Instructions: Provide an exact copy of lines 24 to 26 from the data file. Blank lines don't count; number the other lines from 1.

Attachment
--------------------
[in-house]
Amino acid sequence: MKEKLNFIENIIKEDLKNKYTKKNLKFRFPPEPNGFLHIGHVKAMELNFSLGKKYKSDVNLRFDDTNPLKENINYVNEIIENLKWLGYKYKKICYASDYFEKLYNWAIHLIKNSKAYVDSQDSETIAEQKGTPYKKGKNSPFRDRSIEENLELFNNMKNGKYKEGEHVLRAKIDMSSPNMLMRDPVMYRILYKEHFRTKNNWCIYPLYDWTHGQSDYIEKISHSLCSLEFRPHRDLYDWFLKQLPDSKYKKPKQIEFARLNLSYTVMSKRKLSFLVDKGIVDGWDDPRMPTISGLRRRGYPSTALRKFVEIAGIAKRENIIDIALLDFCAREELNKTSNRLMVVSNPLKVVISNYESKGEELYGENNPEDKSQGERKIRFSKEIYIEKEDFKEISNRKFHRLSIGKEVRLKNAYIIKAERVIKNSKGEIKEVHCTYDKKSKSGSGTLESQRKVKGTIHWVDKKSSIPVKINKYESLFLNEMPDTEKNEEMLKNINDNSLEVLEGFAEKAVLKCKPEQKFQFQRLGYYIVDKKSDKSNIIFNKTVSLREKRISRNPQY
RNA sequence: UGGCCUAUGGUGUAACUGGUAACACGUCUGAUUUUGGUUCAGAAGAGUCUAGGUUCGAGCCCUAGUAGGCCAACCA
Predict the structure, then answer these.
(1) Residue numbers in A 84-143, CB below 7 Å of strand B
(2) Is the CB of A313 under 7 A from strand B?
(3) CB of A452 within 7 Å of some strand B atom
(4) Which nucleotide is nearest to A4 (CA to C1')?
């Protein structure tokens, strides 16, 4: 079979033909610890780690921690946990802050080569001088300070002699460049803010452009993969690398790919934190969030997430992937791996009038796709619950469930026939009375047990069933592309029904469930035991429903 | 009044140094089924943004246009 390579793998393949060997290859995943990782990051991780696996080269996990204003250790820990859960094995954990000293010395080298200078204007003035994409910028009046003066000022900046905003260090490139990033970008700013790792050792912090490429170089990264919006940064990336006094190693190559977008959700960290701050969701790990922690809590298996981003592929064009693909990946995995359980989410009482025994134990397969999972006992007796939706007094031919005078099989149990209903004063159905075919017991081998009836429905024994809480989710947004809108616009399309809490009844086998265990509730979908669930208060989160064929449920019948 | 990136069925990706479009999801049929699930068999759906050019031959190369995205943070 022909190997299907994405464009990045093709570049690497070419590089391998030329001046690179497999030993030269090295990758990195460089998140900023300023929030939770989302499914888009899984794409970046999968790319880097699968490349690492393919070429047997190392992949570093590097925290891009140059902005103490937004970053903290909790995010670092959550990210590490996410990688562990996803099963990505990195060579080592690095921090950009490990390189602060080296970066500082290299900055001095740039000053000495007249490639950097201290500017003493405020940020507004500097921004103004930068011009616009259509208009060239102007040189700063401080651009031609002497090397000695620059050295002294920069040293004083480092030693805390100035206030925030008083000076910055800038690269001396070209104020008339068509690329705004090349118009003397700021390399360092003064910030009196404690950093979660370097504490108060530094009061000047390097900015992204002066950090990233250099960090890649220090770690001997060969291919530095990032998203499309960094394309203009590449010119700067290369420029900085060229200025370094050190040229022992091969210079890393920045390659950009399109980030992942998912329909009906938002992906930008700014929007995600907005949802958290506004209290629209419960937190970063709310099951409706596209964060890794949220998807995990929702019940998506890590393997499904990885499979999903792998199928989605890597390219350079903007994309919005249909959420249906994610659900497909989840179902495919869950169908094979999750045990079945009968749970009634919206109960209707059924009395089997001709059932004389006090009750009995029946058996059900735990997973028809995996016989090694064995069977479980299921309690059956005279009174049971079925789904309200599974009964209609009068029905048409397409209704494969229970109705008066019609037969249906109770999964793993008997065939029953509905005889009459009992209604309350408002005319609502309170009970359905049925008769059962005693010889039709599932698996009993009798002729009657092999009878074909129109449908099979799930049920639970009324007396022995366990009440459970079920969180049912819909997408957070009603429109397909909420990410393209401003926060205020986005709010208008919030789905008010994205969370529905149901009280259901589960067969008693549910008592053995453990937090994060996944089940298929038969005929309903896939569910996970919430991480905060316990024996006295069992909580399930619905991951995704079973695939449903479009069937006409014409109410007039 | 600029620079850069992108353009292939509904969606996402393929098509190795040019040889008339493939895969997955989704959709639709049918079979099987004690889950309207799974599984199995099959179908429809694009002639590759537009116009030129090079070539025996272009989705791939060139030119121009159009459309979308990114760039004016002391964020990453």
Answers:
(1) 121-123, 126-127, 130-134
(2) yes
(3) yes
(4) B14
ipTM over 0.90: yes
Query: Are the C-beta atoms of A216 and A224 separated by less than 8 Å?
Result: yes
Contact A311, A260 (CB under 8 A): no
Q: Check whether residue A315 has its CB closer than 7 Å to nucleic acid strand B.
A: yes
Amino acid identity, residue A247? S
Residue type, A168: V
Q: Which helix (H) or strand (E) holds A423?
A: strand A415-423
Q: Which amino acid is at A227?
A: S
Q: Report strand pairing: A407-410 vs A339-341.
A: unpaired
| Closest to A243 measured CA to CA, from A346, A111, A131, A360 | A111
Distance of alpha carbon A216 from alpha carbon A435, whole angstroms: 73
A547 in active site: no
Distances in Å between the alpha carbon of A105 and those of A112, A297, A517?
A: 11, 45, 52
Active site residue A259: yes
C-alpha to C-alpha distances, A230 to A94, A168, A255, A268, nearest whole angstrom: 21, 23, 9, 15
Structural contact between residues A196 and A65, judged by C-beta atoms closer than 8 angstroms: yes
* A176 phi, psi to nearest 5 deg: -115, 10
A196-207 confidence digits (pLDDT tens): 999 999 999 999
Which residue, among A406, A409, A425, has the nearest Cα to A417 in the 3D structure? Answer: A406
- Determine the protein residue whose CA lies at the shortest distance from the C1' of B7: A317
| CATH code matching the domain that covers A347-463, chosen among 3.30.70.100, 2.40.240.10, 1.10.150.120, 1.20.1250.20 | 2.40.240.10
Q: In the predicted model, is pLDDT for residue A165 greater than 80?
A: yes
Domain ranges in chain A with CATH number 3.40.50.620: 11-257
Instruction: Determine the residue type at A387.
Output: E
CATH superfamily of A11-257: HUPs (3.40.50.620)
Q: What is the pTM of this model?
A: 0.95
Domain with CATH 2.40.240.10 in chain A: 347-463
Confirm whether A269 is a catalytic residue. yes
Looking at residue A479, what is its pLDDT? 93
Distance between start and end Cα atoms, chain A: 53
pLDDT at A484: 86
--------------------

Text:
A: strand A415-423
Q: Which amino acid is at A227?
A: S